You know this scandal by now: the one with the powerful man, and the unearthed yearbook page, and the wave of outrage that follows. This time, Virginia Governor Ralph Northam is cornered.
On Friday afternoon, Northam’s 1984 Eastern Virginia Medical School yearbook page surfaced online, and showed—right there below his name—a photo of two people: one man in blackface, standing next to a person in the standard uniform of the Ku Klux Klan, complete with a pointy white hood. The people are holding beers. They appear to be at a costume party.
Northam, a Democrat, has been called on to resign by members of both parties and several 2020 presidential candidates. Over the past 24 hours, the governor’s explanations for the photo and his own history of wearing blackface have shifted significantly. He first apologized, then said he wasn’t one of the men in the photo, then added that he once wore shoe polish to dress up as Michael Jackson, and so far is refusing to step down. After first declining to identify which man in the photo was him, he now feels sure that neither is, and that the photo appeared on his page only because of an error in yearbook production.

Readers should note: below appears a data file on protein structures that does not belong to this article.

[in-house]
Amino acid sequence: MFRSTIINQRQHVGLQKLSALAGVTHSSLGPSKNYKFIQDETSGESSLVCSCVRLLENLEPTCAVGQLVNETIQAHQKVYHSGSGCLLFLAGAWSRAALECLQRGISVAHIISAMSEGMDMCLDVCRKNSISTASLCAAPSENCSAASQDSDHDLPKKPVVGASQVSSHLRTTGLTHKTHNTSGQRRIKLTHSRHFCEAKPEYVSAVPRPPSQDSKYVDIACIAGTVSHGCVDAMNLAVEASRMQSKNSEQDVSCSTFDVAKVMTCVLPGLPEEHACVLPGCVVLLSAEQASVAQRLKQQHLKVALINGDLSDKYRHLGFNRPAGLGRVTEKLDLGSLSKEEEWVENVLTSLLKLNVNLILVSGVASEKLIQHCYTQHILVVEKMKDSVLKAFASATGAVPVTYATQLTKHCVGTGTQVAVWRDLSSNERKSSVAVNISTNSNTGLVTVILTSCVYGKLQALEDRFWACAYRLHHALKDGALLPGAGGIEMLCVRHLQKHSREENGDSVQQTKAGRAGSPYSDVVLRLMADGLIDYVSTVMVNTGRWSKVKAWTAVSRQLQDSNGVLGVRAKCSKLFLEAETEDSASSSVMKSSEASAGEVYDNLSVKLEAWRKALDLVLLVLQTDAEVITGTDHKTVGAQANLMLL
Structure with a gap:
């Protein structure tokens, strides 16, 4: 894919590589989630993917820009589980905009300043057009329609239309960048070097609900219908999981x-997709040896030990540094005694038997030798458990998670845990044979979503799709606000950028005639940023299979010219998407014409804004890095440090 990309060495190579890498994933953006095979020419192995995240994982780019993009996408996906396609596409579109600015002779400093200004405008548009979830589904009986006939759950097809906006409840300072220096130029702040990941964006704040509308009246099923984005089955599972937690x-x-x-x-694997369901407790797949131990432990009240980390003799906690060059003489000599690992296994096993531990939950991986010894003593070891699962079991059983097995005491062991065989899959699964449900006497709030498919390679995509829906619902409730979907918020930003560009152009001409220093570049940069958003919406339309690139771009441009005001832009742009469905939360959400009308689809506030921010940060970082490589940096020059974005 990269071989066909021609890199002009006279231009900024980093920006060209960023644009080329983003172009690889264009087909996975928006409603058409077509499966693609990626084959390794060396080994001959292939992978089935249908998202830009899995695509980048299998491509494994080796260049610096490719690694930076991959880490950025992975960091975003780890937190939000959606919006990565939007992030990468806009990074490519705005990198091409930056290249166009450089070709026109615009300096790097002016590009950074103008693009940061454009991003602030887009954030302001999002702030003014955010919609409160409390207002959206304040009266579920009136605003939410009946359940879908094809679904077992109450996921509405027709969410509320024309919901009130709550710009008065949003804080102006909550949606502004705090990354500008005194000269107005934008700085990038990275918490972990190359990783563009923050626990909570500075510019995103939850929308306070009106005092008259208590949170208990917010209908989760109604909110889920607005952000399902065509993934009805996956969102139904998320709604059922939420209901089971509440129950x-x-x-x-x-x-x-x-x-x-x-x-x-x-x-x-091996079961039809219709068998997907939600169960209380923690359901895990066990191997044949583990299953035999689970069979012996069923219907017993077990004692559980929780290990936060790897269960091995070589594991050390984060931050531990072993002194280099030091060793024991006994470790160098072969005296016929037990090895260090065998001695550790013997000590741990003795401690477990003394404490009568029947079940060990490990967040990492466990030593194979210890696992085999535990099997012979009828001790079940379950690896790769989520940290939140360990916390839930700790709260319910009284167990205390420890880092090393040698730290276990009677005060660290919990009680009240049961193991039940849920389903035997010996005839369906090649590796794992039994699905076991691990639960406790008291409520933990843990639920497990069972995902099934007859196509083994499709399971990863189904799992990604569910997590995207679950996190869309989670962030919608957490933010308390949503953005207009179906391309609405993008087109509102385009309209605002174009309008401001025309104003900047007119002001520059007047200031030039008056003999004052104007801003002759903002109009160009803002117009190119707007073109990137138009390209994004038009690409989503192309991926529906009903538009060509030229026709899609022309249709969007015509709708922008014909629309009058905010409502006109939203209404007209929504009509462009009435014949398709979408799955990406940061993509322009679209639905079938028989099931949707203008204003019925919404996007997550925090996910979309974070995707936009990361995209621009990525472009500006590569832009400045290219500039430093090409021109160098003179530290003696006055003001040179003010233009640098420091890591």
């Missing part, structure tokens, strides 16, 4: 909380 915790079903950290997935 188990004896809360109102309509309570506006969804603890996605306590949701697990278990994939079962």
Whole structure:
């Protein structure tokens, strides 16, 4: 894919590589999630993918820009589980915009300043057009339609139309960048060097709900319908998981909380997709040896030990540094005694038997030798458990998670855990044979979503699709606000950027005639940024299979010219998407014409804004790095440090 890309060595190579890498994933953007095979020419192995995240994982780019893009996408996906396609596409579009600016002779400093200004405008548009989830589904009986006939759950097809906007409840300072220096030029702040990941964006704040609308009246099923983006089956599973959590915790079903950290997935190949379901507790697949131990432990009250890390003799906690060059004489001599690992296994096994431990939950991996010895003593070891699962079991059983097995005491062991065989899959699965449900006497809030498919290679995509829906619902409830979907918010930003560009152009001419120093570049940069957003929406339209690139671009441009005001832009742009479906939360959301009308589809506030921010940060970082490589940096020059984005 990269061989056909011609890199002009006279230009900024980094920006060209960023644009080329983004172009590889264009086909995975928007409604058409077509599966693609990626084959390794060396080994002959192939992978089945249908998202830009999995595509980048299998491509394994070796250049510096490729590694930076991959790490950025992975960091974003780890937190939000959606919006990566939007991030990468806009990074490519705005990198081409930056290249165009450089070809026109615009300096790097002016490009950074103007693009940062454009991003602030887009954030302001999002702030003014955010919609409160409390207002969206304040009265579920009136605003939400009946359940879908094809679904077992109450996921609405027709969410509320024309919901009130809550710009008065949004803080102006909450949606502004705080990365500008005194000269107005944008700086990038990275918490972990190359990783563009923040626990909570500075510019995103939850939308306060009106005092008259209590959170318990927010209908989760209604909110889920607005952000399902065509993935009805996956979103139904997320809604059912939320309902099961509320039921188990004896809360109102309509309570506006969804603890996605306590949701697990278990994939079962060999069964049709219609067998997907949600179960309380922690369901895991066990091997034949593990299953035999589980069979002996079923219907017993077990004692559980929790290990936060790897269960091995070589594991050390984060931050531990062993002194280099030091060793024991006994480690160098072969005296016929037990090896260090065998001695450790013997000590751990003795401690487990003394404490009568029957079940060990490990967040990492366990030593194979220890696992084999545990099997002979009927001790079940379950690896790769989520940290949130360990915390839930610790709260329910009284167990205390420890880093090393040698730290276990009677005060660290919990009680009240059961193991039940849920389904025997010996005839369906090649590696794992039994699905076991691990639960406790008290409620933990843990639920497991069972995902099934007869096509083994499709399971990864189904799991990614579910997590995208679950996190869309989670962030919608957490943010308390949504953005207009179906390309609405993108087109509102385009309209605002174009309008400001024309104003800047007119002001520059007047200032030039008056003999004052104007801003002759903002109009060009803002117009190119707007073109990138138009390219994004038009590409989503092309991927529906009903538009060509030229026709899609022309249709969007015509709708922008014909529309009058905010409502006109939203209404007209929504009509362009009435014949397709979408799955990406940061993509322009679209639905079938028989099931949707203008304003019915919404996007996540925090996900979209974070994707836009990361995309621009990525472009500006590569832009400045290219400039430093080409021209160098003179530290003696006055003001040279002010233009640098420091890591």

There’s more. In a press conference, after telling reporters about his Michael Jackson costume, Northam nearly moonwalked right there on the stage, as though to emphasize that it had all been intended in jest. His wife managed to stop him.